Significant Moment #1: God responds to our heart cry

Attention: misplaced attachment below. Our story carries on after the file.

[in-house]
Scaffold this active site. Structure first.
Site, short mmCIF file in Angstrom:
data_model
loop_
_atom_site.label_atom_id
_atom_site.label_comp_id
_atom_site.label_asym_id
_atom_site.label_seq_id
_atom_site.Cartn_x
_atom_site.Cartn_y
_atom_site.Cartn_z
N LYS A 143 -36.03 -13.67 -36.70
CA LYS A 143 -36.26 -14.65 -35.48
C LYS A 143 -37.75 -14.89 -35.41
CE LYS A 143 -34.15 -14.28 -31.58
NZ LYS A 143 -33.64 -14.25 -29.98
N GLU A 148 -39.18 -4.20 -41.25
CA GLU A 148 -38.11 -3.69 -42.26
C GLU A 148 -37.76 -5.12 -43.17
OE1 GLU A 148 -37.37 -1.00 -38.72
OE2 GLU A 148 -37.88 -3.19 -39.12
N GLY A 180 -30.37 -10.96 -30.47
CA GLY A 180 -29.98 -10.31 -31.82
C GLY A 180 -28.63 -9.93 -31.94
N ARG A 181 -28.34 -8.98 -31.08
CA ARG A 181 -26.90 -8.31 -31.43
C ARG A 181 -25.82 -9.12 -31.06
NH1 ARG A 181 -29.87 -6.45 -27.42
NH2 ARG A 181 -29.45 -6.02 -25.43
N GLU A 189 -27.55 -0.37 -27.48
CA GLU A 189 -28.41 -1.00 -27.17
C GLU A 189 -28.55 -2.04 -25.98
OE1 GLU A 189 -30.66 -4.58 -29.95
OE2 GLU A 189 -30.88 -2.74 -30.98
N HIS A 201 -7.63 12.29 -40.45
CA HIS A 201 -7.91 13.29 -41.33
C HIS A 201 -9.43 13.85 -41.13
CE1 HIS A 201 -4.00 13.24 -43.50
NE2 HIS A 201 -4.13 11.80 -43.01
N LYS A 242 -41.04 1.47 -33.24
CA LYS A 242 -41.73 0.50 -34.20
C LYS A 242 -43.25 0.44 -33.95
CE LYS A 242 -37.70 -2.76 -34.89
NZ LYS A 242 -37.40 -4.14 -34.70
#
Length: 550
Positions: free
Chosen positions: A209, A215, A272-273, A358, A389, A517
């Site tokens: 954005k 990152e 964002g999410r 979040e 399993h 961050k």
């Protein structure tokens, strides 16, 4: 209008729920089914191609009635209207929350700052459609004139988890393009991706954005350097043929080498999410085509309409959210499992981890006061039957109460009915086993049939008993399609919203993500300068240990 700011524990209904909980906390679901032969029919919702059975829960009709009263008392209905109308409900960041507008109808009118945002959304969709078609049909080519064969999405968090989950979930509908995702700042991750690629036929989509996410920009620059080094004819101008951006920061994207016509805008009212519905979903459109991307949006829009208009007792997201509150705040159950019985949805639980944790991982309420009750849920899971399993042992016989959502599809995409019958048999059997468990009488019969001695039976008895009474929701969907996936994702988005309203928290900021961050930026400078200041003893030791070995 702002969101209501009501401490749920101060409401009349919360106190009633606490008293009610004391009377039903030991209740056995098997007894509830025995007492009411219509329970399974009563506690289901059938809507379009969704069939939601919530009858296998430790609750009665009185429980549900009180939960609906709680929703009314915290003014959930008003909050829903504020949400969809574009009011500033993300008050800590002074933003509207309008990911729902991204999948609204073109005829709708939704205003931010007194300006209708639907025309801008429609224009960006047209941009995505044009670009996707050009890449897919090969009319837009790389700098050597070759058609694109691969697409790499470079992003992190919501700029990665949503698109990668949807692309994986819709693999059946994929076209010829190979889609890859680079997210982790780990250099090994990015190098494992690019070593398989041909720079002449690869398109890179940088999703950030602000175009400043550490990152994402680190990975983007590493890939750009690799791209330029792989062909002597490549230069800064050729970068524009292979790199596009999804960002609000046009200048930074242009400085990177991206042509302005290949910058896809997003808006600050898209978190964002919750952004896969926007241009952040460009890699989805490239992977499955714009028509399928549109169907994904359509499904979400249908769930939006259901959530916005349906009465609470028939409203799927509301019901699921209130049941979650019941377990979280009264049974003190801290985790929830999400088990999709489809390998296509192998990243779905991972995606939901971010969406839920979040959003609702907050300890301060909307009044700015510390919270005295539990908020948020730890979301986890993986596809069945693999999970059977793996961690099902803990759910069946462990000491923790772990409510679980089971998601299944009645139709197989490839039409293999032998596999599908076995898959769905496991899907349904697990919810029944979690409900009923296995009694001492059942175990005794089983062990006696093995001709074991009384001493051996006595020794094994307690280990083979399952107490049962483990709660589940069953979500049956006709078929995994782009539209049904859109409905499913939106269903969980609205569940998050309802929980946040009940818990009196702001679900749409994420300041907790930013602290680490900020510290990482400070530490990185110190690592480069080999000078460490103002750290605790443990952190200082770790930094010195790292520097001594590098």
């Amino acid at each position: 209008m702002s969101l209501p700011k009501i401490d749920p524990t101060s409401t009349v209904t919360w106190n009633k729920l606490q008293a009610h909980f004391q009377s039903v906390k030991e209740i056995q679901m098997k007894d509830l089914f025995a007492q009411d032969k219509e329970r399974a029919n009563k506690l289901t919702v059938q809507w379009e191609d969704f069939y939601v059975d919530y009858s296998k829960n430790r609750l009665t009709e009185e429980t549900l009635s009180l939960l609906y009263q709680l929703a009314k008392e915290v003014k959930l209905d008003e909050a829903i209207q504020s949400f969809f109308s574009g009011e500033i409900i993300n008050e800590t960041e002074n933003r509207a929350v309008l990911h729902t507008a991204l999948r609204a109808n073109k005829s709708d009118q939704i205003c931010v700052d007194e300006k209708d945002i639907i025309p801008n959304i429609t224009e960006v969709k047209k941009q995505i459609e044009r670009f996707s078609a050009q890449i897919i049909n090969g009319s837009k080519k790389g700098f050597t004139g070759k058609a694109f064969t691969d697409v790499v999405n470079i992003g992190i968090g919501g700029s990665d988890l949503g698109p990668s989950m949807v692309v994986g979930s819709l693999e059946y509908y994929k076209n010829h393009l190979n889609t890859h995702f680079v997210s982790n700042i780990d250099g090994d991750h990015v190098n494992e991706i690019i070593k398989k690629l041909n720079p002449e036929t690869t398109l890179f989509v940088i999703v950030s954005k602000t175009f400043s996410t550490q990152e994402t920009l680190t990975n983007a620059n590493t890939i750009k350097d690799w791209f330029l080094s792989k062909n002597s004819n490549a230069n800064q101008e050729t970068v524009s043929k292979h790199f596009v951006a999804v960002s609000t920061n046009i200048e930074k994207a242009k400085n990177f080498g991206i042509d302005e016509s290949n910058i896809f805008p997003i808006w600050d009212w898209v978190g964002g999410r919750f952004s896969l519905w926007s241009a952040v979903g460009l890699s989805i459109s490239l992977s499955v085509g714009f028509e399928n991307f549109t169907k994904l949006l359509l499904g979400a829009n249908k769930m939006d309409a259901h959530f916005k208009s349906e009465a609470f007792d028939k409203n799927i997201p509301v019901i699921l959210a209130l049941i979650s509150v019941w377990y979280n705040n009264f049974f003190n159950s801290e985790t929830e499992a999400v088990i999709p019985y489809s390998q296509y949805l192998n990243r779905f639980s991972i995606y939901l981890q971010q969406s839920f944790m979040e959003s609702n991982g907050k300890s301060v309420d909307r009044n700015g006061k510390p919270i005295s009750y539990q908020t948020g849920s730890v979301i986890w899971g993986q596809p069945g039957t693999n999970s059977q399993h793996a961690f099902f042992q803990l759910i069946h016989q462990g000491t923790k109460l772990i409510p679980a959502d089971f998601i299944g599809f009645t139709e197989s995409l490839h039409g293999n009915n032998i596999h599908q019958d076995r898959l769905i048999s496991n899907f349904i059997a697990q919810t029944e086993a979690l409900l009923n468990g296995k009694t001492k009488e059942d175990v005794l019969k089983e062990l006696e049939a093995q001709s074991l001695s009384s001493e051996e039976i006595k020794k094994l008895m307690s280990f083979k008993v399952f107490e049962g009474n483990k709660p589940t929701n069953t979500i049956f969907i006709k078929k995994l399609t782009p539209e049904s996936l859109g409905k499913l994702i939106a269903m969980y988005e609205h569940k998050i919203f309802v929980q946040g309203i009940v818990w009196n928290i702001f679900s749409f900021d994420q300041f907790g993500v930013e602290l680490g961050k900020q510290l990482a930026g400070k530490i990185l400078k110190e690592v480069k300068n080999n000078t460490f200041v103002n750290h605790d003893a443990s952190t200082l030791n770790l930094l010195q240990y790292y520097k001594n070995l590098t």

As in many areas of my life, my blog is quite eclectic, a mix of funny parenting moments to spiritual musings to sharing challenging life experiences. I had a moving dream the other night that reminded me of other "significant moments," when I sensed God giving me a message of sorts in order to bring encouragement, healing, understanding and life lessons. A few came in the form of dreams but most were through experiences when I sensed God's Spirit encouraging me to take note and remember the specific lesson. The dream from the other night brought me back to the time I was in Bible School and showed me another perspective on a situation that was quite painful to me. The two years at school were supposed to be some of "the best times" in my life, but they were difficult ones for me. I never felt like I fit in and often felt incredible loneliness. God has used those very things in my life to reach people - I often notice people who hover around the perimeter in groups and my heart goes out to them. I remember speaking at a church in Ethiopia. The majority of the crowd was exuberant during a time of worship, but my attention was drawn to several quiet figures sitting in the back corners. I sensed that God wanted to touch them and called them forward. It was a precious time of ministry, holding their hands and whispering privately to them the message God wanted them to hear. The greatness of our God is in the one on one relationship He yearns to have with each of us. He really knows us and responds to us individually. Back to the dream... In it, I was once again filled with the sense of not belonging and loneliness. A person I admired drew me into the center of a room and sat down with me on a sofa facing many others. I was expecting to be rejected in a nice Christian sort of way, told that I didn't quite belong and encouraged to find another place. Instead, this person sat down with me regardless of the audience to gently affirm and express an interest in me. The surprise in the room was tangible, and my own heart was filled with wonder. This person proceeded to specifically list things that showed me I had been noticed and that the interest was genuine. I woke up with a sweet sensation of having been touched by God. There was healing and peace in a place where sorrow and pain had lingered. That brings to mind another experience that took place in Ethiopia. At the end of a service, several of us visiting from the States were asked to come forward to pray with those responding to the altar call. The crowd was huge, and we moved among the people with our interpreters, laying hands on and praying for different individuals. At the end of that time, as I was making my way back my seat, I passed a cute little boy standing with his mother. I reached out to pat his head affectionately as I walked by him, and immediately his hands shot up as he assumed a position of receiving. He was immediately filled with the Holy Spirit, loudly expressing worship in the most beautiful way. The crowd around him hushed and watched him in amazement. This was a quiet child, maybe around five or six years old. I hadn't touched him with the intention of praying for him, yet his heart was wide open to the Lord, hungry and ready to receive from Him. Many of the adults around him who had answered the altar call were busy trying to receive from God - rather than quietly opening their hearts to receive prayer, they often prayed louder and harder than the person trying to minister to them. In the midst of this chaos, a little child simply reached out to God and received what the others were trying so hard to make manifest. This boy received a touch from heaven. God reached out in the midst of chaos and adults clamoring to get God's attention to respond to the open and humble heart of a little boy. It was a wonderful site to behold and a powerful lesson to me. This experience has stayed with me throughout the years and is one of the key "significant moments" of my life. It is a reminder that God truly sees our hearts no matter what is going on and responds to us in an individual way. Our part is to seek Him with sincerity - He may not respond in the way we anticipated, but He does respond to His children. As a matter of fact, His Word is full of loving responses, if we'll quiet ourselves and seek Him. Selah. I must remember this as well.